Begonias for shady spots

In our garden, by the umbrella topped table, under two shade trees, pots of begonias bloom and bloom and bloom all summer, requiring nothing but regular watering.
Polka dotted Begonia Billy Jean in the center.
Angel Wing Begonias have long, cane-like stems and leaves shaped like the wings of an angel. 

My plants spend the summer outside in pots and then come in for the winter where they grace the plant shelf in the dining area. As the stems elongate, I cut them back and put the cuttings into soil for next summer's pots.

Since I'm always concerned that I'll have enough pots under the trees, I always grow too many starts and friends and family get the extra plants.

Did you know? There are over 1,000 species, mostly in the genus Begonia and 10,000 cultivated begonias.  The major groups include the fibrous-rooted, rhizomatous and tuberous-rooted begonias.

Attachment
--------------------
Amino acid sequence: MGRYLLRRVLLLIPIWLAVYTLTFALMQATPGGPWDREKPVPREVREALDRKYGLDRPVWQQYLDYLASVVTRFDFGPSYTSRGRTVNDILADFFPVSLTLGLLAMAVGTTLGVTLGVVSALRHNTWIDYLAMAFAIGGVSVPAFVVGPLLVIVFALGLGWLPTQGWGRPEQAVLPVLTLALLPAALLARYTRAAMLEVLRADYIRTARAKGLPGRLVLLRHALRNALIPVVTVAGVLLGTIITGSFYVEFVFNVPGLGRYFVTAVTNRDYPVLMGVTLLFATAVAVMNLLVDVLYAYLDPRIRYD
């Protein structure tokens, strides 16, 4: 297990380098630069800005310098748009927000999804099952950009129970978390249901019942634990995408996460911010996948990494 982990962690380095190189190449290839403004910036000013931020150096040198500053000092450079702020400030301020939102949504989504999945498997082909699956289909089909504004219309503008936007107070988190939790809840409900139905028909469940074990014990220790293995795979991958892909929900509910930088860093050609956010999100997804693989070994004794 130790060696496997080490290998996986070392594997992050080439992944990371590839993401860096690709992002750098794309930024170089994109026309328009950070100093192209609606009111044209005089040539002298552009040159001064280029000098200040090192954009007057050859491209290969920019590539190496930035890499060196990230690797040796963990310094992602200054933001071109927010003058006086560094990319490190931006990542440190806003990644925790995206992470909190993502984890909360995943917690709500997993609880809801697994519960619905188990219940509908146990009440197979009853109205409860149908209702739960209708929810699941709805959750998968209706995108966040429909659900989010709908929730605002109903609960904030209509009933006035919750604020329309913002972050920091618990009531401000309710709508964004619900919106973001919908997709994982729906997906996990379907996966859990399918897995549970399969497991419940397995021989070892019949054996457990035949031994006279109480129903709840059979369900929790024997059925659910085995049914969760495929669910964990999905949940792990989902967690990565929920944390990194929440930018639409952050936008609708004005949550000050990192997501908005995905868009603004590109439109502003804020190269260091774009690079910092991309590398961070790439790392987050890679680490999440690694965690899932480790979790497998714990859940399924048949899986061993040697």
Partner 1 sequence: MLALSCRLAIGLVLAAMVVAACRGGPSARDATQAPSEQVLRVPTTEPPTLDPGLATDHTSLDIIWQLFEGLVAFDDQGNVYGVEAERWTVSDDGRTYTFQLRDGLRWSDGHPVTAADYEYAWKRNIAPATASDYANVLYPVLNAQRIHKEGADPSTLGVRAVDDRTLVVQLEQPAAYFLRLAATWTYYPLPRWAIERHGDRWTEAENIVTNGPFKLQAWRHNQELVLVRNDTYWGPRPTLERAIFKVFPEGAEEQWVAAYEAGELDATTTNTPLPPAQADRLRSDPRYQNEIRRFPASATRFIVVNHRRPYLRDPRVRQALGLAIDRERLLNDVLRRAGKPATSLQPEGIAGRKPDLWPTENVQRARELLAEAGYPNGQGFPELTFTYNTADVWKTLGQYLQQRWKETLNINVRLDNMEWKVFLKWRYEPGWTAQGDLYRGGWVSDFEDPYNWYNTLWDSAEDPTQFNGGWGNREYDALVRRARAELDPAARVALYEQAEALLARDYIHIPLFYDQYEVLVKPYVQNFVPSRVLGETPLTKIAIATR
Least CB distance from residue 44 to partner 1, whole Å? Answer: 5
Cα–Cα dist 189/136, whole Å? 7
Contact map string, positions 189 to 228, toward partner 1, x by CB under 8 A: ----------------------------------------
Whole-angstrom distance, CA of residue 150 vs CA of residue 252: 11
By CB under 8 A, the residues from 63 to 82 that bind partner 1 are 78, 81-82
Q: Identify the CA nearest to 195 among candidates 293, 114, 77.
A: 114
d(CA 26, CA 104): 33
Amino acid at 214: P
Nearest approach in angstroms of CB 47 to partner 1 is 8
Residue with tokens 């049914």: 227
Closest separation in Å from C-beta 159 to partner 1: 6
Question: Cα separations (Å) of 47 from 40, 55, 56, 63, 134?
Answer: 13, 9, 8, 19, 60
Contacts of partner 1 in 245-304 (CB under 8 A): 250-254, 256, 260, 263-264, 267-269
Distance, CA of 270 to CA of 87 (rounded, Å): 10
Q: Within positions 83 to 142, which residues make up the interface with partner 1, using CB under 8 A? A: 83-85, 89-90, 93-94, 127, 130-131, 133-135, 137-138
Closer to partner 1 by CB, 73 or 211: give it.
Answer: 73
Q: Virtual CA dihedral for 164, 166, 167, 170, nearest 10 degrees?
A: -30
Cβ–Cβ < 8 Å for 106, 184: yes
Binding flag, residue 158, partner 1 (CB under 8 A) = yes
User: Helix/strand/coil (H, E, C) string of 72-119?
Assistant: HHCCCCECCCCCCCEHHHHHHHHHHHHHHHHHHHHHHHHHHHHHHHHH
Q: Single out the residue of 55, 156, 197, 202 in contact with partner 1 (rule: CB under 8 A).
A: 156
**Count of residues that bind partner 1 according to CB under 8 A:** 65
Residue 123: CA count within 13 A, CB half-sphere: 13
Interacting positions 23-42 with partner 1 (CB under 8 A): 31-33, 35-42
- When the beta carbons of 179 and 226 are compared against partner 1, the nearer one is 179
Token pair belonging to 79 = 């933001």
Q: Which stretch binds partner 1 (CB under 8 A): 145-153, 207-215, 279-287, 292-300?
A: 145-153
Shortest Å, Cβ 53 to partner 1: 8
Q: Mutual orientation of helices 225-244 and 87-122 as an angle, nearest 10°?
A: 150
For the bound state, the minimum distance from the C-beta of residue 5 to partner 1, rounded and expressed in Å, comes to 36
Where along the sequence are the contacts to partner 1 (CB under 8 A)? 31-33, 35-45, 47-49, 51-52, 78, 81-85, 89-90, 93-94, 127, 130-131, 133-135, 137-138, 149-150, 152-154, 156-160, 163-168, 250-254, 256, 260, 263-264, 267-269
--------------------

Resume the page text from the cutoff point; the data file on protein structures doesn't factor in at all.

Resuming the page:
The American Begonia Society (ABS) was born in 1932 during the economic depression.

Begonia semperflorens or wax begonias are the ones I used to grow as hanging house plants in CA. It's so windy here in OK that I don't try to grow the waxy ones outside at all.

Beef steak and Rex begonias spread by rhizomes.

Tuberous-rooted begonias are those gorgeous plants with rose-like blooms that thrive in cool climates. 

A tutorial on Begonias from Clemson University is here.Can you grow begonias outside where you are? Which ones and how much sun/shade do they take?


Jeana said…
I love begonias and my favorite houseplant is a hydrocotylifolia begonia that I got from a cutting off my great-grandmothers plant. I will have to try bringing my begonias
in for the winter and take cuttings from them. Thanks for the information.
Molly said…
Jeana - Was it the wax begonia?

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